Television was great at taking modestly successfully theatrical releases and turning them into required viewing classics. It’s A Wonderful Life and The Wizard of Oz are two fine examples of television’s influence. A Christmas Story may be the most recent film to have television help it along in that way.

The story is set in pre-World War II Indiana and is viewed from young Ralphie Parker’s perspective as he attempts to influence his parents, terrifically portrayed by Melinda Dillon and Darren McGavin, into giving him a Red Ryder BB gun for Christmas. But Mrs. Parker insists they are dangerous and that he’ll shoot his eye out. That’s a recurring phrase in the film. Adults were so worried about kids losing their eyes.

The movie is based on semi-autobiographical stories written by Jean Shepherd. Shepherd is the film’s narrator as the adult version of Ralphie relating this story of his youth. And he is wonderful. There’s a twinkle in the man’s eye, which you can clearly hear in his voice. The man can tell a story!

Although I grew up in a different era than what is shown in the film, the universality of the story – anticipating Christmas, coveted gift items, loving (if somewhat scary) parents, school, teachers, weird gifts from relatives, bullies, friends, and flagpoles –  appeals to my nostalgic feelings for my days as a kid. The way Ralphie feels about Christmas reflects the way I felt. And Ralphie’s fantasies, although silly and over-the-top, are good fun.

By far, my favorite character is Old Man Parker. He makes the film. McGavin is just so good as Ralphie’s furnace-fighting, foul-mouthed, major award-winning, gruff, but loving and lovable dad. Old Man Parker is the key to this movie, if he’s wrong the movie just doesn’t make it. And McGavin nails it.

His gruffness is all just bluster. He loves his wife and his boys. We see it in his reaction to the wife and kids bellowing out Jingle Bells on the drive home from getting their Christmas tree. Sure, he rolls his eyes, but there is love in there. We see it in Old Man Parker’s subtle smirk as he sends his oldest son back into the car after an unsuccessful attempt to help change a tire. An attempt that had young Ralphie accidentally drop an F bomb in front of his father for the first time. Hence the smirk. We also see it as the old man is almost as excited as Ralphie when… Oh, but that would be a spoiler.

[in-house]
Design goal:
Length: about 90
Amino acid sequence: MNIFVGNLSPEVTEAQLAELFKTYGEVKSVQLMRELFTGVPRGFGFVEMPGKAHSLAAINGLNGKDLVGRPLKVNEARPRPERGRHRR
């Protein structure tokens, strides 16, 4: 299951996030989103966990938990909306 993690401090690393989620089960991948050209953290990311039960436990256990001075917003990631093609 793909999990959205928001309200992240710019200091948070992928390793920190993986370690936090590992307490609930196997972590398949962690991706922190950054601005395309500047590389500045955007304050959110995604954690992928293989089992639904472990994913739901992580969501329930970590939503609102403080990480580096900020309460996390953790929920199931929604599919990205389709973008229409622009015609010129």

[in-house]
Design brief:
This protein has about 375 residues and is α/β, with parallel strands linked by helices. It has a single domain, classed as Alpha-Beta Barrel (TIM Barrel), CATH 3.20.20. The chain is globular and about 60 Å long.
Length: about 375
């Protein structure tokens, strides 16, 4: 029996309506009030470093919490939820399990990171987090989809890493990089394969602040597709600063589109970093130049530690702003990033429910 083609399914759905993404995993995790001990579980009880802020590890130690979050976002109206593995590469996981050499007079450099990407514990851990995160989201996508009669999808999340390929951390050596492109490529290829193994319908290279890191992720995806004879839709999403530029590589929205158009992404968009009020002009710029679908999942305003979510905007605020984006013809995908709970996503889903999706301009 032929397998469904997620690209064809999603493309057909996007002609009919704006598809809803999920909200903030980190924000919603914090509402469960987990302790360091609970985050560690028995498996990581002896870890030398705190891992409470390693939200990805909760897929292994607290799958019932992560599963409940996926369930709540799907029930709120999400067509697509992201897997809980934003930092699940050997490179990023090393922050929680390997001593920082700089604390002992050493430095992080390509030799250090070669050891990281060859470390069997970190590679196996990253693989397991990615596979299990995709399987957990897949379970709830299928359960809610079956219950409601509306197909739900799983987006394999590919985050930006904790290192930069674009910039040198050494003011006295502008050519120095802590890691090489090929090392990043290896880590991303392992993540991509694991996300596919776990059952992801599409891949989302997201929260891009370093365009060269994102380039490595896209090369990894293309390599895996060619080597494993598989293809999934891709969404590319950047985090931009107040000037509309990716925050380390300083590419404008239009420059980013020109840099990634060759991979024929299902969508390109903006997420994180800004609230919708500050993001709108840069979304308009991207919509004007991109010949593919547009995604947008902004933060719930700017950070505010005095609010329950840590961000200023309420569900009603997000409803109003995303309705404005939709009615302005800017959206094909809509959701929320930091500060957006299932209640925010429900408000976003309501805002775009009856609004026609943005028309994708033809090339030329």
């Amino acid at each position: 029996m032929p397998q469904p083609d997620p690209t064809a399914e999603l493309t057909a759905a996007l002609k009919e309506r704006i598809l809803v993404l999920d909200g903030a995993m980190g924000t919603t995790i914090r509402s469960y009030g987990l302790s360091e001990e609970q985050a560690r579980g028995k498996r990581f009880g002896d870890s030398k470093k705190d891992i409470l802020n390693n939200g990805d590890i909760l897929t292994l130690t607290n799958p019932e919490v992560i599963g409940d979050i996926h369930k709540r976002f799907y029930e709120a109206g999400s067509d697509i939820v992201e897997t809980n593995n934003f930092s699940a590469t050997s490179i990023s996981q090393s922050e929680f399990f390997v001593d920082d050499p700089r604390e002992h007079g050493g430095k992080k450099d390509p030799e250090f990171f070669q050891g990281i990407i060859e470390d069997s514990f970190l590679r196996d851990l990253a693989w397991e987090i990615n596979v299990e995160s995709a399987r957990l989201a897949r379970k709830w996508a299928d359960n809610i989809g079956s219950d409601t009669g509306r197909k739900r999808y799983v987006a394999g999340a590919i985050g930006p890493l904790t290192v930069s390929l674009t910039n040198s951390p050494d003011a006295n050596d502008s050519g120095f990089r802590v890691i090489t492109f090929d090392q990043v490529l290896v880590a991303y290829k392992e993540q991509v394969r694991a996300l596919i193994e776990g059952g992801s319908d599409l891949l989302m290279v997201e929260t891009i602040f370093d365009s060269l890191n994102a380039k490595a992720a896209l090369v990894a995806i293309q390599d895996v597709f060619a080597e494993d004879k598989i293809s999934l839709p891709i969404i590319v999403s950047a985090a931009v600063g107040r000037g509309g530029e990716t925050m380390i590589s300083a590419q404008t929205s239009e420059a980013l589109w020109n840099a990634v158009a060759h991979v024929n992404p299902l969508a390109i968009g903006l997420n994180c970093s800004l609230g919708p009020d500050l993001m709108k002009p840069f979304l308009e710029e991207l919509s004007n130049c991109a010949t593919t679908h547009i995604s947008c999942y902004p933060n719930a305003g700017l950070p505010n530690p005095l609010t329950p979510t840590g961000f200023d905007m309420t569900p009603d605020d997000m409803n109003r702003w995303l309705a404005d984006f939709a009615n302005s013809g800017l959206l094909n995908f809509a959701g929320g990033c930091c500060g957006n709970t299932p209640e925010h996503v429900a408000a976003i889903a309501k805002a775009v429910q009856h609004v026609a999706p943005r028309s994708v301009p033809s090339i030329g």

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“Oh, wow!”

And, of course, there is the leg lamp!

I just love this movie. I watch it every year and remember all those wonderful Christmases from my youth.

Hard to believe the director of this classic, Bob Clark, also directed Porky’s.

Packing Peanuts!

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Here’s this month’s great cover…

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Look at that! Isn’t it wonderful?

This month’s great cover in comic book history comes from the September 1991 issue of Marvel Comics Presents (#84) featuring one of Marvel Comics’ premiere superheroes: Wolverine. The artist behind this masterpiece is Barry Windsor-Smith. He did everything on it – pencils, inks, and color.

Windsor-Smith started working for Marvel in the late 60s, because Stan Lee liked his Jack Kirby-like way of drawing. But, Windsor-Smith soon began to develop his own signature style. Like most comic book artists, he improved greatly upon his early efforts the more he worked. Unlike some comic book artists, he just kept getting better and better and better. Some of the great artists would reach a plateau and then their work began to slip. Not Windsor-Smith. At least not yet. This month’s cover was done more than twenty years after he started in the industry.

We see a blood-spattered Wolverine with his claws partially retracted. He looks peaceful, yet terribly weary. He seems to be, not just exhausted from the completion of a pitched battle, but totally done in by a lifetime of pitched battles. Has he had enough?